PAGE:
Margaret needs help for her aging father who lives 600 miles away from her. She wants to find someone to accompany him to doctors appointments, someone who can review and organize his medical bills as they arrive, and someone who can discuss his medical needs on a three-way phone call (Dad, Margaret and an advocate) once each week. Dad is happy with the idea and is willing to pay for the service.
The “perfect” client, right?
Here’s how I know Margaret’s story: She sent an email to our “info” email address at AdvoConnection, asking for the best way to find an advocate. We sent our automatic reply that explains how to use the patient’s zip code, and the services needed to find the right person in the AdvoConnection Directory.
Margaret replied that she had already done that, and had called the only advocate listed in her father’s location. However <quote> “All she did was babble on about herself and her own medical problems. She dissed a couple of doctors in ____ (the name of the town) including Dad’s doctor who is a family friend! I don’t want to work with her. I need someone else.”<unquote>
So I picked myself up off the floor, replied to her email, and asked if we could chat by phone so I could better understand her experience since that is is how we can improve service provided by all advocates. She agreed, and so we did. She elaborated on the story I’ve just told you, but bottom line, that babbling advocate did herself no favors. In addition, her poor behavior did ALL advocates damage.
Margaret did say she was sure the advocate she talked to didn’t mean to come across the way she did. She admitted the advocate was very friendly. She just felt as if the call was more about the advocate trying to prove something than it was about helping her or her father. That wasn’t acceptable to her. Here’s how she phrased it, “I want someone who behaves like a professional, attending to the needs of her customer. Not someone who feels the need to share her own medical history or prove she is on the inside of the gossip track. Dad doesn’t need that. He needs someone to help HIM.”
When you talk to potential clients on the phone, how do YOU come across?
Ironically, this exchange took place about a week after our August Expert Call-in about how to handle calls with potential clients to get them to sign a contract. The concept of a babble-free call wasn’t a part of that presentation, but it certainly could have been. So since it wasn’t, here are some general conversation guidelines that are less about signing a contract and more about best practices:
During the first part of any call, let the caller be ‘in charge’.
- Remember, when someone calls you to inquire about your services, they aren’t calling to talk about YOU. They are calling to talk about THEM and THEIR needs. If sharing your story is part of your discussion, keep it very brief – more like a fact than a story – unless they ask for more details. Even then, remember that they are looking for solutions for themselves, not expecting to be lectured by you. Ask questions about their situation and needs, and guide that conversation in a direction that’s helpful to you.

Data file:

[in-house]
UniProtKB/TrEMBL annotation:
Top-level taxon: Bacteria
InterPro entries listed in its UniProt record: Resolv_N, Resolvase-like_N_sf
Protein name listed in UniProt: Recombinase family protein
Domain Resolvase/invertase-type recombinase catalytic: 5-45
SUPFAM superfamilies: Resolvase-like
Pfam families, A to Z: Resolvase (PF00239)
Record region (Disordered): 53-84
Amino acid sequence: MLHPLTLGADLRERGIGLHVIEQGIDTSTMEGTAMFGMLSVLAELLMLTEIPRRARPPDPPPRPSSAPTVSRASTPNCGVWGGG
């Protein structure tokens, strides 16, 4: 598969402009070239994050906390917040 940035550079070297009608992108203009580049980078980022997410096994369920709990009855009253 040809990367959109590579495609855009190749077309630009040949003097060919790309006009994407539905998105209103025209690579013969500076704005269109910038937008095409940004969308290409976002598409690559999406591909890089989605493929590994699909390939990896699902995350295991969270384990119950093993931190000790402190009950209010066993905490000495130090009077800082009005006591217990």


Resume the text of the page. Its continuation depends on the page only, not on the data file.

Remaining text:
- Of course, you do need an opportunity to talk about your credentials if it seems the caller isn’t already familiar with them. (Remember, they may have already read your AdvoConnection listing, or have seen your website, so you may not need to wax poetic on your great skill set!) You can test their need to know with a simple question like, “Is there anything in particular you would like to know about my experience or credentials?” If they have a need to know, then they’ll respond to your question. Prepare ahead of time with 1-2 sentences that sum up your experience and education. If they want to know more, they will ask. If they don’t, then you don’t have to bother with it. Again, remember – this call is about them and their needs, not about you and your needs.
- Professionals never make negative comments about other individuals, including providers. Even if your prospective client makes a negative comment first, you can respond with something neutral like, “I’m sorry you’ve had that experience” or “That sounds so difficult!” or if it’s true, “I’ve heard that complaint before.” But keep your negative opinions to yourself.
- There will always come a pause in a sales call (because yes, that’s what these calls with potential clients are – they are sales calls) when you’ll know the caller is thinking about where to go with the call. Let the pause happen, then quietly ask, “Would you like to work together? We can get started right away. I would love to help you with this.” That’s asking for the business – and it’s a crucial part of your conversation.
That question will signal the shift to the second part of the call – when you take it over. Guide it carefully from here toward a contract if that is what you think should happen based on the earlier part of the call.
Of course, there is much more information in the podcast of the August Expert Call-in. Members can listen to hear the one critical part of a potential client call we DID discuss – the one almost every new advocate violates over and over again.
The key here is that you are the professional. You represent yourself as you work to acquire new clients. However, especially in our new advocacy profession where the world is just beginning to learn who we are and what we do, you also represent all advocates and their professionalism, too.
Please, represent us well. Don’t give the Margarets of this world the wrong impression.
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